You hate to say it, but you have the team meeting. We all hate meetings, but they are a necessary evil. And we do executive, supervisors and what we call the next level, where the sales are made. They can be stockroom, on the floor and pretty much every place the sale is made. So we have three levels.

Certainly technology has made a big difference. You have the typical Internet, but you have the intranet, where you can send out information to your managers and share information so easily now (compared with) what you could five or 10 years ago. It makes things so much easier and quicker. The same papers I am looking at, somebody else can be looking at at the same time. That communication level has greatly improved our operation.

What's your training strategy/approach?

We've been pretty fortunate in the management level. My turnover is just minimal, and I'm lucky that I have very well-trained and knowledgeable people. …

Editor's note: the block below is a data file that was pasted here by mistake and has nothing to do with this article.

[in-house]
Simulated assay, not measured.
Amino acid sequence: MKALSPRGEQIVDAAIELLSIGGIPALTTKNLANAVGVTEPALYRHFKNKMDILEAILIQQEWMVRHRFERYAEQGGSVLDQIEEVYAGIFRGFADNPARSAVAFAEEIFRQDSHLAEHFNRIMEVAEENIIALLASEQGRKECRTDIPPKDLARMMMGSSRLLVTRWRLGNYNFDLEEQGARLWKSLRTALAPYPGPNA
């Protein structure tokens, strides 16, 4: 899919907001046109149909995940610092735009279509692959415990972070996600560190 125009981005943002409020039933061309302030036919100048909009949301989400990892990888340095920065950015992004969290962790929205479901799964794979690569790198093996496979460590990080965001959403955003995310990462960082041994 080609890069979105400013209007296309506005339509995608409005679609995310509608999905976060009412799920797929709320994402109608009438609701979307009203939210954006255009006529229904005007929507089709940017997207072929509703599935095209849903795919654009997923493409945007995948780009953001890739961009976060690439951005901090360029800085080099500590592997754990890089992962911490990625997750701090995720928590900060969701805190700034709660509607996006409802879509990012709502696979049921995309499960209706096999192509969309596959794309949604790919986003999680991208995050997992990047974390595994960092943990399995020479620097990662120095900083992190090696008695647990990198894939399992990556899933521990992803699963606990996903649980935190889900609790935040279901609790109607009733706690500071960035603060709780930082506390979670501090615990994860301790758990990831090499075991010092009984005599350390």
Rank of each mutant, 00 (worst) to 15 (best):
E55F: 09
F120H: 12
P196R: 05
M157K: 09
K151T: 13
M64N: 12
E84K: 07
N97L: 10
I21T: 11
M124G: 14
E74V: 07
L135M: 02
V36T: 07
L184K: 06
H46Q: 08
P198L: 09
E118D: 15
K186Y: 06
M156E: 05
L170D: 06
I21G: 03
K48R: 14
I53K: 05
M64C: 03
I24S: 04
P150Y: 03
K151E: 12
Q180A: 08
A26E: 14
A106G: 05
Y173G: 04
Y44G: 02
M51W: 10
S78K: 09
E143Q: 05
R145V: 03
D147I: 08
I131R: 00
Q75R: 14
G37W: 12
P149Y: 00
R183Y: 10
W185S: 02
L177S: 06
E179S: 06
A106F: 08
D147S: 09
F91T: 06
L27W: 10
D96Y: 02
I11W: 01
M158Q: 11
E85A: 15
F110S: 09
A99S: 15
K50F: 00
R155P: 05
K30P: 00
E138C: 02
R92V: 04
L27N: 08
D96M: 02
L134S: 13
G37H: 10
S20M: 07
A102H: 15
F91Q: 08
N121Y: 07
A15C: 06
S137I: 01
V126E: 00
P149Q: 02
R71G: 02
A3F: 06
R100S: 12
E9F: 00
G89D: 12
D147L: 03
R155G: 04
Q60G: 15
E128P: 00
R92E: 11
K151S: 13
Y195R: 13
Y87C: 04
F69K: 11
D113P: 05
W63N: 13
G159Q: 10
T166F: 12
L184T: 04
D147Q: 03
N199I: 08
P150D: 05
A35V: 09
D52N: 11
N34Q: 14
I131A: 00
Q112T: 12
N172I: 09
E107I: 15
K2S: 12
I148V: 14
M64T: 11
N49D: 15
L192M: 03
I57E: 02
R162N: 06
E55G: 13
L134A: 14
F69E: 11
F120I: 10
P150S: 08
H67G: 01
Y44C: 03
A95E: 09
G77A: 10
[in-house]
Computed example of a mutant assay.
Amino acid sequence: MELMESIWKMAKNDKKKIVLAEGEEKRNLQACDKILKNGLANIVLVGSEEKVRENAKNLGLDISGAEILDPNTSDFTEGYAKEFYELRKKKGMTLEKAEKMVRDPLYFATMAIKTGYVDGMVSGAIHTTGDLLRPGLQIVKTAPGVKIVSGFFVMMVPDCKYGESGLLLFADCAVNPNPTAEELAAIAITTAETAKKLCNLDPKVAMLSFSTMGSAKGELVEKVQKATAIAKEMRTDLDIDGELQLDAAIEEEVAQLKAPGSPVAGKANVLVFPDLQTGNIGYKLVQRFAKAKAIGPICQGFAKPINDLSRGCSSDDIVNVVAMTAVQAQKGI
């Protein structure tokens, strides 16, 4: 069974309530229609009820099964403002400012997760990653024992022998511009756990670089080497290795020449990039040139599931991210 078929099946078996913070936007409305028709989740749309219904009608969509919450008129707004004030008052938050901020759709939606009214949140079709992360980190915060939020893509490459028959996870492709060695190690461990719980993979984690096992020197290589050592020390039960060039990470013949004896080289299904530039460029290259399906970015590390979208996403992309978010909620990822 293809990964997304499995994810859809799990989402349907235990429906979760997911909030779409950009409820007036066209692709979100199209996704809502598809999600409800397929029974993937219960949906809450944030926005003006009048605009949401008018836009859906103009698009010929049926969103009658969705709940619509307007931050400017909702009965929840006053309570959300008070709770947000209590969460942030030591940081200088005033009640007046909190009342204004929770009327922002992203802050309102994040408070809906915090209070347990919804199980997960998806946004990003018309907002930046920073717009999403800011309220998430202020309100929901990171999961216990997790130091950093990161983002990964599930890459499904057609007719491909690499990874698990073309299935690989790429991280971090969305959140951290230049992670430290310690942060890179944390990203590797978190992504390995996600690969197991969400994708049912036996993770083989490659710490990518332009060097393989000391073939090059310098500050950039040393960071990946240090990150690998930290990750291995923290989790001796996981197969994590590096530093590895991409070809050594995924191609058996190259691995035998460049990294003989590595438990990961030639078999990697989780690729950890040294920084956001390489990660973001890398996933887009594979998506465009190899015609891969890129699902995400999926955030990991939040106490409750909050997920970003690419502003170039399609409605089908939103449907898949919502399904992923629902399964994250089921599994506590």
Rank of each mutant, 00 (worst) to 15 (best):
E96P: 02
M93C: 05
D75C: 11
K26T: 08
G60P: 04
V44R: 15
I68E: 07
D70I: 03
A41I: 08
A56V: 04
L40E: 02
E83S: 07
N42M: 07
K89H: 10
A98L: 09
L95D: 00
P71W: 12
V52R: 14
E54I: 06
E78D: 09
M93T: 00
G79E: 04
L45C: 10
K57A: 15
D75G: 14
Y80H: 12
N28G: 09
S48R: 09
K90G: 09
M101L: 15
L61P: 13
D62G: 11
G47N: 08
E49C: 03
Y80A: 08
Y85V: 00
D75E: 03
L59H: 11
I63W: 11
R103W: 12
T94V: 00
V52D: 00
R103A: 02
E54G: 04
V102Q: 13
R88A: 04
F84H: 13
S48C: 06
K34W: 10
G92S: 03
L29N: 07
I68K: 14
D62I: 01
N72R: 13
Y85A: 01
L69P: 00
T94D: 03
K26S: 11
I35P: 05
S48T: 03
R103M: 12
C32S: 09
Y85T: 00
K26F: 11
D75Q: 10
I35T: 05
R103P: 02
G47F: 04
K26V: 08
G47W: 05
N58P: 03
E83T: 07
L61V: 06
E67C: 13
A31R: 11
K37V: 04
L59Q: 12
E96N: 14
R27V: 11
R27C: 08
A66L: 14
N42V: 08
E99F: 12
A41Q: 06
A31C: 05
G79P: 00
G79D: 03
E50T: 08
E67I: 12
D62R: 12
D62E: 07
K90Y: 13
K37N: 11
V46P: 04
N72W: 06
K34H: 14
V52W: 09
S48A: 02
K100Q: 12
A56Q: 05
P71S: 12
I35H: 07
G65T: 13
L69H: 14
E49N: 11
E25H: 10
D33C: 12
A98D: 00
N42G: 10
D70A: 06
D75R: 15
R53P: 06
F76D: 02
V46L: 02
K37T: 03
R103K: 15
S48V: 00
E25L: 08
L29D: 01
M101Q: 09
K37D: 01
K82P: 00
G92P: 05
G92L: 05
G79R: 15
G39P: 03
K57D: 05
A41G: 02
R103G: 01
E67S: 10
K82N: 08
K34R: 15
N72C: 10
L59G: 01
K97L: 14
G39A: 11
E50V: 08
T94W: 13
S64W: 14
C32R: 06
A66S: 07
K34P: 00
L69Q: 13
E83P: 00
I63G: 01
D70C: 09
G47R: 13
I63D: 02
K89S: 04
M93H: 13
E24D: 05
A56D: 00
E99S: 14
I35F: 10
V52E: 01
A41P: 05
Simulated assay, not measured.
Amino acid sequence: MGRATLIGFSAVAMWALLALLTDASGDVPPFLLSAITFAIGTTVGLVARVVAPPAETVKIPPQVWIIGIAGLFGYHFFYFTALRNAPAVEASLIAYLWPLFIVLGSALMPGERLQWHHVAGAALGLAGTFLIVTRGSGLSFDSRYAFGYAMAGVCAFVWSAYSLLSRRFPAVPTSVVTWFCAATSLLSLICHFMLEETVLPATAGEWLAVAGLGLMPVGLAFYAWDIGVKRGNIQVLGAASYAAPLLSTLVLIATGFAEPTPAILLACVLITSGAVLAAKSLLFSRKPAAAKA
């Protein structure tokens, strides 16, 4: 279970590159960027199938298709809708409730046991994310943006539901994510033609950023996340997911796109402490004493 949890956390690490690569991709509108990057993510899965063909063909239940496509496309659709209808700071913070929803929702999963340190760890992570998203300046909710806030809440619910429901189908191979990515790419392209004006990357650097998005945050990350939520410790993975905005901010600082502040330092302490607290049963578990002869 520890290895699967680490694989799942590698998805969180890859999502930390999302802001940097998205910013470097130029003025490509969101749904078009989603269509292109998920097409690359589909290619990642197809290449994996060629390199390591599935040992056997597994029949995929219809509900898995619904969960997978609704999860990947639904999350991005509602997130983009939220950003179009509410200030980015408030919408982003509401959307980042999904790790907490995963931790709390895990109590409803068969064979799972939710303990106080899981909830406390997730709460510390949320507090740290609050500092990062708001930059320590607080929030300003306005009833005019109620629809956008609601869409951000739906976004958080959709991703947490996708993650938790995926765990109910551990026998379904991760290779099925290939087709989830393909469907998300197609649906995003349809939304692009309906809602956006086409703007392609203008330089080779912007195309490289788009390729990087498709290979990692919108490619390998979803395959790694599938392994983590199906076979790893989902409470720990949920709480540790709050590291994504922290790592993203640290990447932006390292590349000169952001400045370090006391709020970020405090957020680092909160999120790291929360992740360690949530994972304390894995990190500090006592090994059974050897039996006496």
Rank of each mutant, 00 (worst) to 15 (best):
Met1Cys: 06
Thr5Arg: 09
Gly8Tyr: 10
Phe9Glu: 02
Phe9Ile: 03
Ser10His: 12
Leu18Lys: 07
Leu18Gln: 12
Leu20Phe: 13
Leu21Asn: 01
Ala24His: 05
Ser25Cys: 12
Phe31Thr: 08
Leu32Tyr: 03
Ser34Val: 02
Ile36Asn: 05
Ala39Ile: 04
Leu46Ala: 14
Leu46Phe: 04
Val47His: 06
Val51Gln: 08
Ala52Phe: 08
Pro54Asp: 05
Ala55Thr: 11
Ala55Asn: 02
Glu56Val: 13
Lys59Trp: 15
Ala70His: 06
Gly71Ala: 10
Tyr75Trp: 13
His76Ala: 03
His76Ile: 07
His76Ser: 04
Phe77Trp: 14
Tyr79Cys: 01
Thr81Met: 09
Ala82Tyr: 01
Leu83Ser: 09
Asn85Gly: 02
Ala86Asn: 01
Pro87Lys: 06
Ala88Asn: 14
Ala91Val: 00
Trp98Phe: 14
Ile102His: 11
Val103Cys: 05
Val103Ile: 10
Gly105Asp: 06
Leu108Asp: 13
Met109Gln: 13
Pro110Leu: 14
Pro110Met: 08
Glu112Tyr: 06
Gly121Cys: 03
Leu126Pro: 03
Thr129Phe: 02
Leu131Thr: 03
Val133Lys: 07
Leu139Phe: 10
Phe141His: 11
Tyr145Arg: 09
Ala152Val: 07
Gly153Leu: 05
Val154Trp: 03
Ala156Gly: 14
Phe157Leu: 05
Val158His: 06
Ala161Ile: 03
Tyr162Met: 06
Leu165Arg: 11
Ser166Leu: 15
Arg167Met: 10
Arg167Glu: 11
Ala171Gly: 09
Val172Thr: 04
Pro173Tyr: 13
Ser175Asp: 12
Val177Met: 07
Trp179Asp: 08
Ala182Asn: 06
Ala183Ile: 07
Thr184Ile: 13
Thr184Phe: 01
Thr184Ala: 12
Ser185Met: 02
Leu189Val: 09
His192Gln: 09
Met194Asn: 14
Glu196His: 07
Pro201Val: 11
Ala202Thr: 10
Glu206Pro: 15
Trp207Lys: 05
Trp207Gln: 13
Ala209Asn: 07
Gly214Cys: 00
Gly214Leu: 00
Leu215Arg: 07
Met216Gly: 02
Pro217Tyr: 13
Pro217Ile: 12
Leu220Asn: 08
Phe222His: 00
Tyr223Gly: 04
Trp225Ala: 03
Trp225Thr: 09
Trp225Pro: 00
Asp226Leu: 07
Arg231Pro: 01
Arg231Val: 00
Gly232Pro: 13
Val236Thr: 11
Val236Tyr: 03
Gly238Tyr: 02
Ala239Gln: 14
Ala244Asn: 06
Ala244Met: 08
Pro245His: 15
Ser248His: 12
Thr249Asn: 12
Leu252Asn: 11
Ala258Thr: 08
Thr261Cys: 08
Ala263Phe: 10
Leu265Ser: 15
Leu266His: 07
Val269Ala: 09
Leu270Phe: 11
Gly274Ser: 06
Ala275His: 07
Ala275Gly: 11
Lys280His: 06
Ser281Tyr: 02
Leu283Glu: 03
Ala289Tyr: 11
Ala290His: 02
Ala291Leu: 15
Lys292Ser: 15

We have a huge amount of turnover and training in the supermarket level with clerks and whatnot. A lot of your staff are part-time, and a lot of them are first-time job positions. You have a lot of high school kids and college kids who come into the workforce.

It's a check-off list of must-dos that the store managers must do with those store employees. Each job has its own. So if you're a cashier, it goes through money handling, proper scanning, regulation training … how to handle food stamps. There is a big increase in usage in the past three years.

We do job sheets, so we try to keep the training guidelines to one sheet. It's easier for the person doing the training and the person receiving the training. So it's one sheet on food stamps, one sheet for tobacco products. The things you have to know.

What does success look like for your team?